Host Paul Woolard opened the April meeting again presented via Zoom. After welcoming members, the meeting commenced with George Skarbek presenting Q&A.
Q: I have a problem with printing. I’ve done all the maintenance tasks on the printer and the printers test page prints perfectly. When I open and attempt to print a pdf file from Adobe Acrobat, I only get the top half of every line of text. The print preview does not show up any problems. Any graphics are not affected and print in full. I’ve uninstalled and reinstalled Acrobat but still have the same problem. Do you have any suggestions that could help?
A: I would try a different Pdf viewer and see if you can print from that. George then asked the audience if anyone has encountered similar behaviour. One member had a similar problem when one line covered another, both on the screen and on the print. He was often able to correct this by altering the magnification of the screen. Another member suggested before doing a print you look at print preview and fiddle with the size of the file on the paper. The consensus from the audience was to try another pdf viewer such as Foxit.
[Reply from questioner] As images are printing correctly, I’ve taken a screen copy of the pdf and plan to see whether that image will print correctly.
[George] If you need to print large pdf files, there are many free sites on the web that you can upload your pdf to and it will be converted to Word. By and large they do a very good to excellent job. Some have a limit to the size of the original pdf file.
Q: I have a problem with photoshop. When I try to do anything, I get a message “Can’t repeat your request due to a program error”. I’ve uninstalled and reinstalled Photoshop but that didn’t solve the problem. A Google search shows others have this same problem but no suggestions worked. The problem only occurred a few days ago when I updated photoshop.
A: The cause is most likely due to the update. I get Photoshop updates almost weekly, so I’d wait a few days in the hope others are experiencing the same problem and Adobe will send out a new update to correct the problem.
[John Hall] You could try using System Restore to roll back pre the update, given the problem only occurred a few days ago.
Q: Given that Adobe Flash is no longer supported and is being removed from our computers, what programs use Flash, and what will we expect to see malfunction? What will be the effect of not having Flash anymore?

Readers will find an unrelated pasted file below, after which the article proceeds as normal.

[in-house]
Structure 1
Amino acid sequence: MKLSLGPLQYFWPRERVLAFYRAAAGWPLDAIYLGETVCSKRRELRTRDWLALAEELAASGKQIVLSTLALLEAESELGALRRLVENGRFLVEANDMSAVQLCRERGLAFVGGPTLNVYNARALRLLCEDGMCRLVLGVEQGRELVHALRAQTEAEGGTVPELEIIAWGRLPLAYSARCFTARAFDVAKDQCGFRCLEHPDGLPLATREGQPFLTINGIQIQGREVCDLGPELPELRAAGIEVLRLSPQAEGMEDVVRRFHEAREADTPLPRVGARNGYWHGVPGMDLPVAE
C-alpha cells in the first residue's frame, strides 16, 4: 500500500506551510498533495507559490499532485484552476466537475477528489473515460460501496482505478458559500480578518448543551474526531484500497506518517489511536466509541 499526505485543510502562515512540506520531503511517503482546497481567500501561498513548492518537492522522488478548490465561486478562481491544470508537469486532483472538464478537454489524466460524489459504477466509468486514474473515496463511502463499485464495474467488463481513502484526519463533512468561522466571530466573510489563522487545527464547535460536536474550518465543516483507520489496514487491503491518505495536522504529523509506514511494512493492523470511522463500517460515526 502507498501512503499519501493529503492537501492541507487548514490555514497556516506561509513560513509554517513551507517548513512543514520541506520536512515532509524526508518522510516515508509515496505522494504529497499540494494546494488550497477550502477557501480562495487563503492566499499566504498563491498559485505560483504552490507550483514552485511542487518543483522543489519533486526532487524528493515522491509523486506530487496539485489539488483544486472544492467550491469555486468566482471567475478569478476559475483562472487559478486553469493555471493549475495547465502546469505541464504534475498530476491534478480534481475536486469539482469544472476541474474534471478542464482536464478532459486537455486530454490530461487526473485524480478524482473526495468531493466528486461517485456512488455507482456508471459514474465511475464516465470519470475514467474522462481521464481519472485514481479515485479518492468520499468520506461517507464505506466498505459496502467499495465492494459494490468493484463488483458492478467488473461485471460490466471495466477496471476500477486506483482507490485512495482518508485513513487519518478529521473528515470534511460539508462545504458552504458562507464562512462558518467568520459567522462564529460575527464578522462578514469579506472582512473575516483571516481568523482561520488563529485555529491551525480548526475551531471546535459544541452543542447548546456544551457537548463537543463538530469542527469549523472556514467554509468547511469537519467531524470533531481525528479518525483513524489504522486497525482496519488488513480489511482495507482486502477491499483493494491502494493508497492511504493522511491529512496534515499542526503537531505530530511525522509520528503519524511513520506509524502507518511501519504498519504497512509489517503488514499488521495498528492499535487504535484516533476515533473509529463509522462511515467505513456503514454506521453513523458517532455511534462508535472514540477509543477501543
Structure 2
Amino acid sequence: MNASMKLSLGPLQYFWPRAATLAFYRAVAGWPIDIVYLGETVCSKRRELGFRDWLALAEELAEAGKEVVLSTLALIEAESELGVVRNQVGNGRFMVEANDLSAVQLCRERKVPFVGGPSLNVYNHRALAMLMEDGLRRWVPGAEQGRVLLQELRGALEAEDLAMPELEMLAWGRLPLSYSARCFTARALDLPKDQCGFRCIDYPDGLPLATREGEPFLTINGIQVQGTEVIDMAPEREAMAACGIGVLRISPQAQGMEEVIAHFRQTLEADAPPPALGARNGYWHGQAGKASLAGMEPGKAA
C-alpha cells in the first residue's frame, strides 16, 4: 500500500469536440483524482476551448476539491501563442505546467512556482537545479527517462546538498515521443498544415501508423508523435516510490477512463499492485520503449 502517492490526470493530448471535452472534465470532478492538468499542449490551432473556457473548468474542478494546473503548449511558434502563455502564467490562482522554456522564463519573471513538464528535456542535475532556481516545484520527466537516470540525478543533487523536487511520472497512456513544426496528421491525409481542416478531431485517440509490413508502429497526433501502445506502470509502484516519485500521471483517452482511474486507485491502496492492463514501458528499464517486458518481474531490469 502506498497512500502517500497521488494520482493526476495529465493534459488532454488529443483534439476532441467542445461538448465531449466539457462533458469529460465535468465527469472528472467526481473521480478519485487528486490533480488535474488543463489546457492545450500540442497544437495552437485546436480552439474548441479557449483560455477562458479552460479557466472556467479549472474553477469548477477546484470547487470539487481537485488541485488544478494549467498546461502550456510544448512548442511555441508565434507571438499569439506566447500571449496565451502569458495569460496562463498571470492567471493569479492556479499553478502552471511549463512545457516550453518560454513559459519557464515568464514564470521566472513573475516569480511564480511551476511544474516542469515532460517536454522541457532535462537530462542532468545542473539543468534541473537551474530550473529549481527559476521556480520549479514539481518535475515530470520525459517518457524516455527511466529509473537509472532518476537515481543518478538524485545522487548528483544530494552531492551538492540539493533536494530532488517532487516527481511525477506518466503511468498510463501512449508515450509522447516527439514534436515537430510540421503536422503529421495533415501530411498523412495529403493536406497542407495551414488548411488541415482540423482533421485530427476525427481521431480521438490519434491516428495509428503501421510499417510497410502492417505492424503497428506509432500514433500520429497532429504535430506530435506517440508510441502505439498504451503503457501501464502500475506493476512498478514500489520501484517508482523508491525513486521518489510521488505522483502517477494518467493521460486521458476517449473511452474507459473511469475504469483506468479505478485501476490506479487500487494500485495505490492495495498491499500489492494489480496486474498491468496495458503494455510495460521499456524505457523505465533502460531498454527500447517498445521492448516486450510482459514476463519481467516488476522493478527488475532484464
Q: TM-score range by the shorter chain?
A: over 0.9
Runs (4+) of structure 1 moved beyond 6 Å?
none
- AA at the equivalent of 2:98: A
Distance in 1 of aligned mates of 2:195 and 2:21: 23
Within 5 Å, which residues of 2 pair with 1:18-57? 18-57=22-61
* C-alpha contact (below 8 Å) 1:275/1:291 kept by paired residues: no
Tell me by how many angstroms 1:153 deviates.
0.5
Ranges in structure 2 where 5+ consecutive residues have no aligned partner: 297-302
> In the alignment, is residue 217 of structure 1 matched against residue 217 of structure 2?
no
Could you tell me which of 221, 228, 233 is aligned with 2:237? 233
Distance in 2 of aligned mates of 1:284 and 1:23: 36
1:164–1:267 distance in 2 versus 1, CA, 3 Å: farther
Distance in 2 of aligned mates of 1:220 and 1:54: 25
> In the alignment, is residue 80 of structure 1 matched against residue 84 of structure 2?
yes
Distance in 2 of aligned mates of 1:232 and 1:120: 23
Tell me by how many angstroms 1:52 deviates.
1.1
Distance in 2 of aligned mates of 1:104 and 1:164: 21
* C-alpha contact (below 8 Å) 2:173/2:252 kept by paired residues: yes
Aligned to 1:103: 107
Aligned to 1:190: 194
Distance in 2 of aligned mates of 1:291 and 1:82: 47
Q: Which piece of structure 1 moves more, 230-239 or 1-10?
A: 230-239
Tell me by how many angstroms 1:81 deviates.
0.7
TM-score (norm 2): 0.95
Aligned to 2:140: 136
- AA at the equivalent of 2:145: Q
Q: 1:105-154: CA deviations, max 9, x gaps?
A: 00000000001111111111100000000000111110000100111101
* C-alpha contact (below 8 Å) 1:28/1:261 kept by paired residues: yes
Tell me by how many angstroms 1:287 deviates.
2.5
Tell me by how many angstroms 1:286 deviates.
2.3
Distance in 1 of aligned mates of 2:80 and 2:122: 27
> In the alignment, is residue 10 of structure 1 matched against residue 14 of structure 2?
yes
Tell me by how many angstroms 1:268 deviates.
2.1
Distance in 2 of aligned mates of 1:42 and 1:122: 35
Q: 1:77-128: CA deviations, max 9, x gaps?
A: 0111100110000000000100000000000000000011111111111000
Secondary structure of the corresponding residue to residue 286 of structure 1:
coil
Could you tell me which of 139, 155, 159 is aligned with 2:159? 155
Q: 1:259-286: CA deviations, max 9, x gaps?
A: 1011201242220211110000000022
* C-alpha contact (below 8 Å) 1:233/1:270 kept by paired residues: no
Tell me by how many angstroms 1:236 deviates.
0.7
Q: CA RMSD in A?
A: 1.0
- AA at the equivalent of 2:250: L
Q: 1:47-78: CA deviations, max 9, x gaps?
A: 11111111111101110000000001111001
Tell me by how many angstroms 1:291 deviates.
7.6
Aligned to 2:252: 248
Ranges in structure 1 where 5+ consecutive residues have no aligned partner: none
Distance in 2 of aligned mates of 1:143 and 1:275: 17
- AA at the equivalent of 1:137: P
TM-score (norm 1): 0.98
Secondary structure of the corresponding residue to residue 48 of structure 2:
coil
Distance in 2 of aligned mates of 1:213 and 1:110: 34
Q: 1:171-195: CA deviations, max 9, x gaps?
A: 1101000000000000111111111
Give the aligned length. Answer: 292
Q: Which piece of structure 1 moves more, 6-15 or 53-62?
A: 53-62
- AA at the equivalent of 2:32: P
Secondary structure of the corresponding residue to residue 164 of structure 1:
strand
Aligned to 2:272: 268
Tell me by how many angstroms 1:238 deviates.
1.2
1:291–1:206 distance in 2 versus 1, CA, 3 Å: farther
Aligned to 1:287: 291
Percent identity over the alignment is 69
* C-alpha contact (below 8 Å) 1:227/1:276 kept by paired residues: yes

A: Flash is no longer supported and by uninstalling it you’ll notice no difference whatsoever. Flash was introduced a very long time ago [by Macromedia] for rendering animations in web browsers. Since then, HTML code and browser functionality has evolved with many new features which have made Flash obsolete.
[Note: Up until the last year, many online photobook creation websites used Flash. These sites are now using HTML instead]
Figure 1 – Flash & Java Logos
Q: Is Flash the same as Java? I got rid of Java and I’ve noticed no difference.
A: Java is different from Flash and it’s still being used fairly extensively. Some older programs may still use Java but if you’ve noticed no difference then you don’t have a problem. Java is still used in a lot of embedded devices but on computers it’s been phased out to a large extent, because it still has vulnerabilities. Java is basically an interpretive compiler.
Dave Botherway followed with his ongoing series on “Making more use of Zoom”, this time using remote control. When screen sharing in Zoom, the person sharing their screen has an extra icon on their tool bar called “Remote Control”.
Figure 2 – Remote Control icon
When the “Remote Control” icon is selected on the persons screen that is being shared, the following options shown in Figure 3 are available:
Figure 3 – Remote Control options on the sharer’s screen.
Alternatively, other participants can request control of the screen being shared.
In the example below, participant Bob is currently viewing Dave’s shared screen. Bob wishes to take “Remote Control” of Dave’s screen. To do this he selects “View Options” then clicks “Request Remote Control”. When Bob clicks “Request Remote Control” a window opens. Bob then confirms he wants to take remote control of Dave’s screen by selecting “Request”. Dave will then see a window open on his screen that Bob wants to take control, and he accepts this request by clicking “Approved”. Bob can now manipulate Dave’s mouse and take control of the screen.
Figure 4 – Requesting “Remote Control” menu & screens